the journey

Walkshop 11: Going In Circles

This walkshop is about “circumambulation”, the act of walking in a circle around an object. For it, the act is simple: walk in a circle while listening to the mantra embedded in the podcast. The object to walk around would have to be either something revered or something I wished to investigate. By moving around it, I would place homage to it, showing a willingness to learn it and gain a connection. The object I chose to walk around would be my painting palette, a tool I never before had, but have come to use and understand while in my Panting 1 class this semester. I decided I would circle in my office, the space I work, read, and paint. To make the experience more interesting, I decided to put down newsprint to walk on, the pages used up on both sides, covered in sketches from my Drawing 1 and Life Drawing classes in previous years. Here is a photo of the floor, covered in newsprint. I had to stand on a chair to get the image:

Then came the fun idea: why not use the paint on the palette (which was left over from my previous painting and needed to be removed anyway), and the paint from an old tube or two I planned to toss out, to mark my walking. This, I felt, would really emphesis the connection I was making between my drawing and my painting, sealing them together with my bare flesh. I also, of course, put on strava, though as you can see, it pretty much flails around, unable to figure out where I am going, but sure I am moving.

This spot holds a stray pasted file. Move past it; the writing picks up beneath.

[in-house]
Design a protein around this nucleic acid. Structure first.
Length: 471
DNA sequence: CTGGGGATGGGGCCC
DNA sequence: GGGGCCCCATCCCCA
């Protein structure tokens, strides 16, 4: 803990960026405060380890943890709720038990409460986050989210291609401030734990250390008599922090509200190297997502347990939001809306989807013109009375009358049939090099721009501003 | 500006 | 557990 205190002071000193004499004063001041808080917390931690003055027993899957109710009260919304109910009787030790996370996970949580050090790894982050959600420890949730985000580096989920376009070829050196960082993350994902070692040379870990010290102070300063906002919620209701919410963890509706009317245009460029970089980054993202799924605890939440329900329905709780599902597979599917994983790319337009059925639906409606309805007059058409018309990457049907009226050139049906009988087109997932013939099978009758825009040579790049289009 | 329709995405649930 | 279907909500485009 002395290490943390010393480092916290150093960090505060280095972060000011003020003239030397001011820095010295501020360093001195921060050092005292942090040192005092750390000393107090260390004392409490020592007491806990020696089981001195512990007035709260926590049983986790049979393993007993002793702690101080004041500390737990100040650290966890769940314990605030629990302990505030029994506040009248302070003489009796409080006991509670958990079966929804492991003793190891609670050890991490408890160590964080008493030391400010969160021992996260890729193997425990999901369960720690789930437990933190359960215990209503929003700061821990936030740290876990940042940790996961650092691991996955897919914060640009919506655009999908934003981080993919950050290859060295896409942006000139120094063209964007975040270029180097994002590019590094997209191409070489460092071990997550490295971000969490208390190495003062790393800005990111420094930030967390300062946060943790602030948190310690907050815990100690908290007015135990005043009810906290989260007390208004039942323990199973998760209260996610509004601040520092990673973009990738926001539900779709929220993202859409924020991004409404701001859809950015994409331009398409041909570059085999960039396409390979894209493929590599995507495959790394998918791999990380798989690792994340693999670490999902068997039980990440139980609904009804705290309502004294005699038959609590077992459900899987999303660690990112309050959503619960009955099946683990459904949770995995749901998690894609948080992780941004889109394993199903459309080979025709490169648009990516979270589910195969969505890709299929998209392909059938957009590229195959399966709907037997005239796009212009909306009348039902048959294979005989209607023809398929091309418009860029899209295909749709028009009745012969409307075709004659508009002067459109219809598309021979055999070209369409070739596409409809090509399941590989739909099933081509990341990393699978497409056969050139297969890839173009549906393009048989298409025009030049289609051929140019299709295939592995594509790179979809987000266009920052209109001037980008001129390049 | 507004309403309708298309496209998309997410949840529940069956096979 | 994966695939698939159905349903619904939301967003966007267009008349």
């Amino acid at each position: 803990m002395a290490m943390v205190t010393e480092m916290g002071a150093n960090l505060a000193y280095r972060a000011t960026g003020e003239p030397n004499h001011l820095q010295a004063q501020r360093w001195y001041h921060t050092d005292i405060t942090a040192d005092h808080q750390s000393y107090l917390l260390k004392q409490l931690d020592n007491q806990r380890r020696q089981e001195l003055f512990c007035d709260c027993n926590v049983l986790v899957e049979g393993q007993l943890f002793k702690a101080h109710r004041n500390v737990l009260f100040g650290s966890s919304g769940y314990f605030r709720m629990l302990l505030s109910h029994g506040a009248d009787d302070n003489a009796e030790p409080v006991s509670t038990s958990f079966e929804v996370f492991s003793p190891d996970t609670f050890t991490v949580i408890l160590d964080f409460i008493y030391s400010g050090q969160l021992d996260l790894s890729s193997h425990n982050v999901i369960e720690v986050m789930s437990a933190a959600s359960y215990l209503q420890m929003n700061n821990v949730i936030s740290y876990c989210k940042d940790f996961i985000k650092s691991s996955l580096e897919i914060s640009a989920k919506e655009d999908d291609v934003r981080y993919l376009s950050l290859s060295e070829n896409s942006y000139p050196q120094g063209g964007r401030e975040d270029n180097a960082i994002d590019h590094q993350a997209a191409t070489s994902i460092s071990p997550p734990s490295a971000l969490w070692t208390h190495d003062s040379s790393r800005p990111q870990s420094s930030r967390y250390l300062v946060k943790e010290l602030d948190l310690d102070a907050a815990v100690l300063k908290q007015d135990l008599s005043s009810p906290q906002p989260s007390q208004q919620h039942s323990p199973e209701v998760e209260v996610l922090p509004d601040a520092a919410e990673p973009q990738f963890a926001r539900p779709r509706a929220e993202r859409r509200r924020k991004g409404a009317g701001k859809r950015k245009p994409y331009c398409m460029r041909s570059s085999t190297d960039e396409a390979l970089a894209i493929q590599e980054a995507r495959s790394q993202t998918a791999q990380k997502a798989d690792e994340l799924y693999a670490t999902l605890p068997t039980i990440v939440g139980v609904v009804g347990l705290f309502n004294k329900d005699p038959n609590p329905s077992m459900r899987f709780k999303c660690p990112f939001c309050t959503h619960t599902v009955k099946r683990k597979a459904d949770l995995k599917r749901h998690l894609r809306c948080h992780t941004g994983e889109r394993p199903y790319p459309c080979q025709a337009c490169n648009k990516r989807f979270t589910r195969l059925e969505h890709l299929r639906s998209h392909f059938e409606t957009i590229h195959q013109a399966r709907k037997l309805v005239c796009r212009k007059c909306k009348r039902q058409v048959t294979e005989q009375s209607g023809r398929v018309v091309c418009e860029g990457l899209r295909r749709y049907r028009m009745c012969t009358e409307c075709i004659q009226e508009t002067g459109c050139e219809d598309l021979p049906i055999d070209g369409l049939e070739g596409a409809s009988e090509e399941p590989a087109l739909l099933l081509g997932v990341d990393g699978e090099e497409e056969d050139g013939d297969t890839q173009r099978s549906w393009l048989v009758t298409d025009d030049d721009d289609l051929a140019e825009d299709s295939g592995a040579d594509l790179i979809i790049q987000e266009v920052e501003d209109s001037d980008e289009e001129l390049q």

It really overestimates the circumference of the space, which took about twelve steps to circle, but you get the picture. According to my Fitbit step counter, I took 1112 steps during this time, which translates to about 92 rotations around the circle. I am not entirely certain if this is true, but I lost count too quickly to refute my technology. The mantra was calm, a sort of lull that allowed me to focus simply on moving, on staying in the circle without a misstep onto the hardwood or a slip in a particularly thick patch of paint. When all was said and done, the circle was a colorful mess, and I put on my crocks and climbed back on my chair to take the after photo:

I went in from another angle, trying to view the layers of footprints straight on, wanting to capture every detail, every obscuring shape covering the sketches I forgot to throw away, that only existed as a teaching device. 

Below is a gallery of close-ups of each panel, each distinct swirl of my acrylic-soaked feet. Not a single smudge ended up on the floor, my focus on the task keeping me steady even as the paper grew more wet. It was fun and silly, reminding me of the little white handprints hanging in the mudroom, relics from 2006 when my brother and I were young.